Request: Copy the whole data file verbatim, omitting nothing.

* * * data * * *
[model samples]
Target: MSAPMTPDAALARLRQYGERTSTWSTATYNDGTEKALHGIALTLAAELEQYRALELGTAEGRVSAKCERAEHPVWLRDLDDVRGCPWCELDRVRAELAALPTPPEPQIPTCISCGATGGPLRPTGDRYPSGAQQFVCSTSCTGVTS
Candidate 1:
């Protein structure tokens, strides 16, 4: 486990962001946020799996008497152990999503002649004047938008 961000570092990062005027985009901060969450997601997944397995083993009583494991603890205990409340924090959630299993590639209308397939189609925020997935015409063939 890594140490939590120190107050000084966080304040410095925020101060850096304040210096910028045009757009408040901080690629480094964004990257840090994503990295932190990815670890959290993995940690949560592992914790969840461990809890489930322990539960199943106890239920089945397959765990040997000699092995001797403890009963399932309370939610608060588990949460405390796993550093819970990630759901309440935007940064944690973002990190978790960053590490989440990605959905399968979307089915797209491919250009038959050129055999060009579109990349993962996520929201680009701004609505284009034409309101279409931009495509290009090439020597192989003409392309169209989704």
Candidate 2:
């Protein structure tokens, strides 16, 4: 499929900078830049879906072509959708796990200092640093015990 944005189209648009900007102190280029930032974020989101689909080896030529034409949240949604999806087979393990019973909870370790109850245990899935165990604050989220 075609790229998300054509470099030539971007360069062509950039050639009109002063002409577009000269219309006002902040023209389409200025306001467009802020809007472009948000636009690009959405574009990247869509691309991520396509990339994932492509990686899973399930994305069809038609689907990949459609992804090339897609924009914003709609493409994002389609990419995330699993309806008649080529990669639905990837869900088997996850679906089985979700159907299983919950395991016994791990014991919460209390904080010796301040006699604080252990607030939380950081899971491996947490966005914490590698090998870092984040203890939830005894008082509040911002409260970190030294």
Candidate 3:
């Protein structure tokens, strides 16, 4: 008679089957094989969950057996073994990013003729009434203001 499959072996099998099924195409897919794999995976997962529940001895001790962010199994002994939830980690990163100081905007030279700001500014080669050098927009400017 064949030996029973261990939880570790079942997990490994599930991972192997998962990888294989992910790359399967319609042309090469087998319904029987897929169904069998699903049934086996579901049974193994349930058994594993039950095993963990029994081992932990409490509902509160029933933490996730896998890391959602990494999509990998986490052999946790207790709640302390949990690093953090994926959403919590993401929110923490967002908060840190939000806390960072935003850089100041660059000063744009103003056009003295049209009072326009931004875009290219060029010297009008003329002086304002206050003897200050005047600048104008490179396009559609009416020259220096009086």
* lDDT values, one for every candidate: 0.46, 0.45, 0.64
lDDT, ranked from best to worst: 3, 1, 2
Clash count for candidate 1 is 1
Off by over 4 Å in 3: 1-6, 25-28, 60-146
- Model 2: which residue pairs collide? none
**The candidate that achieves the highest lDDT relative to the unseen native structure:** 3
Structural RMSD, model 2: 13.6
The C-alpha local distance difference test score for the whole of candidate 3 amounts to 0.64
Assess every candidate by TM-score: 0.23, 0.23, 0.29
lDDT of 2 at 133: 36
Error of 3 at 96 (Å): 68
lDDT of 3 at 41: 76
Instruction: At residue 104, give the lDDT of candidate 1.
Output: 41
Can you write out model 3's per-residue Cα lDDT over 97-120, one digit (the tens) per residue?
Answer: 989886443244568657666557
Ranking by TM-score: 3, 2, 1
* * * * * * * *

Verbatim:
[model samples]
Target: MSAPMTPDAALARLRQYGERTSTWSTATYNDGTEKALHGIALTLAAELEQYRALELGTAEGRVSAKCERAEHPVWLRDLDDVRGCPWCELDRVRAELAALPTPPEPQIPTCISCGATGGPLRPTGDRYPSGAQQFVCSTSCTGVTS
Candidate 1:
């Protein structure tokens, strides 16, 4: 486990962001946020799996008497152990999503002649004047938008 961000570092990062005027985009901060969450997601997944397995083993009583494991603890205990409340924090959630299993590639209308397939189609925020997935015409063939 890594140490939590120190107050000084966080304040410095925020101060850096304040210096910028045009757009408040901080690629480094964004990257840090994503990295932190990815670890959290993995940690949560592992914790969840461990809890489930322990539960199943106890239920089945397959765990040997000699092995001797403890009963399932309370939610608060588990949460405390796993550093819970990630759901309440935007940064944690973002990190978790960053590490989440990605959905399968979307089915797209491919250009038959050129055999060009579109990349993962996520929201680009701004609505284009034409309101279409931009495509290009090439020597192989003409392309169209989704």
Candidate 2:
């Protein structure tokens, strides 16, 4: 499929900078830049879906072509959708796990200092640093015990 944005189209648009900007102190280029930032974020989101689909080896030529034409949240949604999806087979393990019973909870370790109850245990899935165990604050989220 075609790229998300054509470099030539971007360069062509950039050639009109002063002409577009000269219309006002902040023209389409200025306001467009802020809007472009948000636009690009959405574009990247869509691309991520396509990339994932492509990686899973399930994305069809038609689907990949459609992804090339897609924009914003709609493409994002389609990419995330699993309806008649080529990669639905990837869900088997996850679906089985979700159907299983919950395991016994791990014991919460209390904080010796301040006699604080252990607030939380950081899971491996947490966005914490590698090998870092984040203890939830005894008082509040911002409260970190030294």
Candidate 3:
């Protein structure tokens, strides 16, 4: 008679089957094989969950057996073994990013003729009434203001 499959072996099998099924195409897919794999995976997962529940001895001790962010199994002994939830980690990163100081905007030279700001500014080669050098927009400017 064949030996029973261990939880570790079942997990490994599930991972192997998962990888294989992910790359399967319609042309090469087998319904029987897929169904069998699903049934086996579901049974193994349930058994594993039950095993963990029994081992932990409490509902509160029933933490996730896998890391959602990494999509990998986490052999946790207790709640302390949990690093953090994926959403919590993401929110923490967002908060840190939000806390960072935003850089100041660059000063744009103003056009003295049209009072326009931004875009290219060029010297009008003329002086304002206050003897200050005047600048104008490179396009559609009416020259220096009086």
* lDDT values, one for every candidate: 0.46, 0.45, 0.64
lDDT, ranked from best to worst: 3, 1, 2
Clash count for candidate 1 is 1
Off by over 4 Å in 3: 1-6, 25-28, 60-146
- Model 2: which residue pairs collide? none
**The candidate that achieves the highest lDDT relative to the unseen native structure:** 3
Structural RMSD, model 2: 13.6
The C-alpha local distance difference test score for the whole of candidate 3 amounts to 0.64
Assess every candidate by TM-score: 0.23, 0.23, 0.29
lDDT of 2 at 133: 36
Error of 3 at 96 (Å): 68
lDDT of 3 at 41: 76
Instruction: At residue 104, give the lDDT of candidate 1.
Output: 41
Can you write out model 3's per-residue Cα lDDT over 97-120, one digit (the tens) per residue?
Answer: 989886443244568657666557
Ranking by TM-score: 3, 2, 1